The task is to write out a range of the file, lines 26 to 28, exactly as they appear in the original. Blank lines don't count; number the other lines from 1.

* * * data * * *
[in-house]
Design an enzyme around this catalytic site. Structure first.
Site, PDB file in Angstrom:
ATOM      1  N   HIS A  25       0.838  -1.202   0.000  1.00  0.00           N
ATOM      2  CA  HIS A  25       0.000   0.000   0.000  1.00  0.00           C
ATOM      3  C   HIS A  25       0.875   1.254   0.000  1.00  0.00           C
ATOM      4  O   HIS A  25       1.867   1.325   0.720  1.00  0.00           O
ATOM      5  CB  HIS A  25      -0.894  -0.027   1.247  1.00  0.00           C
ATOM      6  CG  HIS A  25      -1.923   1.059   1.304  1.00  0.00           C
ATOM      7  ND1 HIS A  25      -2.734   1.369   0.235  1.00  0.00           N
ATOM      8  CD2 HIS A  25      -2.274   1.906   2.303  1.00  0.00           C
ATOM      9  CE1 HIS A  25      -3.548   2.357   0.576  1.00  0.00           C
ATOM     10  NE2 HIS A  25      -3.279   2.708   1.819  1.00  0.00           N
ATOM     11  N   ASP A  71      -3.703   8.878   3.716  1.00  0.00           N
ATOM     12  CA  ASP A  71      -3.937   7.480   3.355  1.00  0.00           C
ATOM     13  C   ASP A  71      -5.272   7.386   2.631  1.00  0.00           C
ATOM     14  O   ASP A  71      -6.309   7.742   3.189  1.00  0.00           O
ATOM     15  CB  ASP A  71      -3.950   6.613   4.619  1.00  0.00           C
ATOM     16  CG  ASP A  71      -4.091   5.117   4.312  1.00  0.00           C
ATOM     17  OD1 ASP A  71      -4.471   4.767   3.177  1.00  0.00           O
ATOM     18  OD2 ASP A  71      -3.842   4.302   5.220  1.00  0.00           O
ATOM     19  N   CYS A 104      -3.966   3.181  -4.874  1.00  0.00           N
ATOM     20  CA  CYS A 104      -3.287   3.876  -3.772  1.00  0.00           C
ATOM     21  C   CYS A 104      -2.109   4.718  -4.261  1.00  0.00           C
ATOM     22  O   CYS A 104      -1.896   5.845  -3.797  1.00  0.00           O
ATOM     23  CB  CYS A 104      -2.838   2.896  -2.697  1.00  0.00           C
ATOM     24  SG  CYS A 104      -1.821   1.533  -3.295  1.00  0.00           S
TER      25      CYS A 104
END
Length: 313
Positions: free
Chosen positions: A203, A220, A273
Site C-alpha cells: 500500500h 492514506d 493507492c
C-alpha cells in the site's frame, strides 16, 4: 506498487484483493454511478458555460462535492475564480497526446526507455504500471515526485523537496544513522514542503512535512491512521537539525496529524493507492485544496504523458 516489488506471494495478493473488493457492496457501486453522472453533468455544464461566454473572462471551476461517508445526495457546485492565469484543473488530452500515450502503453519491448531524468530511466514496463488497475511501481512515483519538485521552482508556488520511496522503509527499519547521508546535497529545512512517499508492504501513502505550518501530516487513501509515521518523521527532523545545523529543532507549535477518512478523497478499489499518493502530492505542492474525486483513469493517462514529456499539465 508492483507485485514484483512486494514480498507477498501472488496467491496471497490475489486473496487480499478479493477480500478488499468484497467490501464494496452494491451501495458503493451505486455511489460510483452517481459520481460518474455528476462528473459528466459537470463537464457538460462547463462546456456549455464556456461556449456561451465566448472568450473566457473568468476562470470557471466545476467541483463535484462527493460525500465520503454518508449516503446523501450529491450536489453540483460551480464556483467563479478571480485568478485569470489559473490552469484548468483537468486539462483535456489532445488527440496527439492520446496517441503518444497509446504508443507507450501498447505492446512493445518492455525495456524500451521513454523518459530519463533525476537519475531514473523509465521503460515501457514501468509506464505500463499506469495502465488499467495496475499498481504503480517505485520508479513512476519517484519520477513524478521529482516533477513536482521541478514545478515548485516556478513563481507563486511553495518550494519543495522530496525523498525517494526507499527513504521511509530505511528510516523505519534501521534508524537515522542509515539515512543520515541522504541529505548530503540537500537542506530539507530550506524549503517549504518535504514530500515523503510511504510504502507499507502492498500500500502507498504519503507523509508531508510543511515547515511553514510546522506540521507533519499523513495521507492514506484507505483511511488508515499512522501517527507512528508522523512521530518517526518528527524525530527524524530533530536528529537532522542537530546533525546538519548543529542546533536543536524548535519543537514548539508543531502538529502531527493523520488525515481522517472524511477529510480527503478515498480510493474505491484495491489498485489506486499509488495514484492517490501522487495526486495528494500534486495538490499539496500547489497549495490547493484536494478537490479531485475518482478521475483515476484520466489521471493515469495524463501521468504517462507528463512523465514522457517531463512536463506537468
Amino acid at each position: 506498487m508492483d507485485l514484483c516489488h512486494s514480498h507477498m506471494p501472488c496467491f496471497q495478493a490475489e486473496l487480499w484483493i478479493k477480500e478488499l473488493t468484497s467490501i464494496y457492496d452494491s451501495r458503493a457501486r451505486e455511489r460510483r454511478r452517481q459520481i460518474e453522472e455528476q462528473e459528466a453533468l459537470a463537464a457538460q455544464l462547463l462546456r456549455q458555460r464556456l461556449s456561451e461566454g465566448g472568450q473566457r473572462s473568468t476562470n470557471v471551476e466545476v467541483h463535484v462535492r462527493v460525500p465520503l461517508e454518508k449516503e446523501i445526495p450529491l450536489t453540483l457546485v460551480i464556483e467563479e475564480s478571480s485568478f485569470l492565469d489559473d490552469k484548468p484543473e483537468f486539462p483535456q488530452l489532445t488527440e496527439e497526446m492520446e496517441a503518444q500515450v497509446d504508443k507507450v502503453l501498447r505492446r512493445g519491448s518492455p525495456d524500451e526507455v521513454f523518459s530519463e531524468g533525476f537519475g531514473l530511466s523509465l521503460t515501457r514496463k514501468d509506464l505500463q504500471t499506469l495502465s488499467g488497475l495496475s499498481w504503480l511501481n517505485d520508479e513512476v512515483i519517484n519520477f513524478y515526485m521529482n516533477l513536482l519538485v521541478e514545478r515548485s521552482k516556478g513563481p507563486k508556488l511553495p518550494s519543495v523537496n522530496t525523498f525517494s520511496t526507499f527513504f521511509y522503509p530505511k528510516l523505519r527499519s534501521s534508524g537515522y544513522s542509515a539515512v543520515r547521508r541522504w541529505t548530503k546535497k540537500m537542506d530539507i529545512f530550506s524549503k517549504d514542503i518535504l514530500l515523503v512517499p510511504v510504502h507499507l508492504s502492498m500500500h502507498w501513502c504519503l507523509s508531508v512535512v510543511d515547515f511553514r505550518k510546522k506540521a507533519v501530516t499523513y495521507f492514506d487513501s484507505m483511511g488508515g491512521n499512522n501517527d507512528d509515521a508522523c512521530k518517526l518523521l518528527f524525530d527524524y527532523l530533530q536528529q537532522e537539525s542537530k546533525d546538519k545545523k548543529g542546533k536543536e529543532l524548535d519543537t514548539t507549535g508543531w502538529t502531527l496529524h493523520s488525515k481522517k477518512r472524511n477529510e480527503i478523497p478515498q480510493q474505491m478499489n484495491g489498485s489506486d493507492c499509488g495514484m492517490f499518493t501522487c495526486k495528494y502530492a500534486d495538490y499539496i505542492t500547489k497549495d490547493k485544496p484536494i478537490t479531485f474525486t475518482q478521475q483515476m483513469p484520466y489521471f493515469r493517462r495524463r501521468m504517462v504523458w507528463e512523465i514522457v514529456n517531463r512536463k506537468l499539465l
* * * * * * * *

ATOM     23  CB  CYS A 104      -2.838   2.896  -2.697  1.00  0.00           C
ATOM     24  SG  CYS A 104      -1.821   1.533  -3.295  1.00  0.00           S
TER      25      CYS A 104